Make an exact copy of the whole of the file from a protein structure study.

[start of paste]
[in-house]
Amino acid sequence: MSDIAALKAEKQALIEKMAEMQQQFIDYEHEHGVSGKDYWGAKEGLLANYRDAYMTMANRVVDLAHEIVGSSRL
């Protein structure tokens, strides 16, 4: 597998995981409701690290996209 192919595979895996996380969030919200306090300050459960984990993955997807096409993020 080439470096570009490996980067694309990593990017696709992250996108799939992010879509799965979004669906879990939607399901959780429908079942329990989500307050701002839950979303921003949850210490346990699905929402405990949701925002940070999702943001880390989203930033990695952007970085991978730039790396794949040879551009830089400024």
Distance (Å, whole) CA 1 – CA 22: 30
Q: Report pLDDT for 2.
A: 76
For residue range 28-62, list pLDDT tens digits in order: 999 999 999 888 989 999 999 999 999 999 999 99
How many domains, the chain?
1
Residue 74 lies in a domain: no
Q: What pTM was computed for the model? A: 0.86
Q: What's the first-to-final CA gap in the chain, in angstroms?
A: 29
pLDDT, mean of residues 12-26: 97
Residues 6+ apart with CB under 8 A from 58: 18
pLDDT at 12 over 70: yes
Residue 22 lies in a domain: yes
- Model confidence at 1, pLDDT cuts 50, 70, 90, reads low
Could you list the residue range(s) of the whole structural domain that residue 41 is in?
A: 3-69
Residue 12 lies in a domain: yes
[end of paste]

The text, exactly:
[in-house]
Amino acid sequence: MSDIAALKAEKQALIEKMAEMQQQFIDYEHEHGVSGKDYWGAKEGLLANYRDAYMTMANRVVDLAHEIVGSSRL
């Protein structure tokens, strides 16, 4: 597998995981409701690290996209 192919595979895996996380969030919200306090300050459960984990993955997807096409993020 080439470096570009490996980067694309990593990017696709992250996108799939992010879509799965979004669906879990939607399901959780429908079942329990989500307050701002839950979303921003949850210490346990699905929402405990949701925002940070999702943001880390989203930033990695952007970085991978730039790396794949040879551009830089400024």
Distance (Å, whole) CA 1 – CA 22: 30
Q: Report pLDDT for 2.
A: 76
For residue range 28-62, list pLDDT tens digits in order: 999 999 999 888 989 999 999 999 999 999 999 99
How many domains, the chain?
1
Residue 74 lies in a domain: no
Q: What pTM was computed for the model? A: 0.86
Q: What's the first-to-final CA gap in the chain, in angstroms?
A: 29
pLDDT, mean of residues 12-26: 97
Residues 6+ apart with CB under 8 A from 58: 18
pLDDT at 12 over 70: yes
Residue 22 lies in a domain: yes
- Model confidence at 1, pLDDT cuts 50, 70, 90, reads low
Could you list the residue range(s) of the whole structural domain that residue 41 is in?
A: 3-69
Residue 12 lies in a domain: yes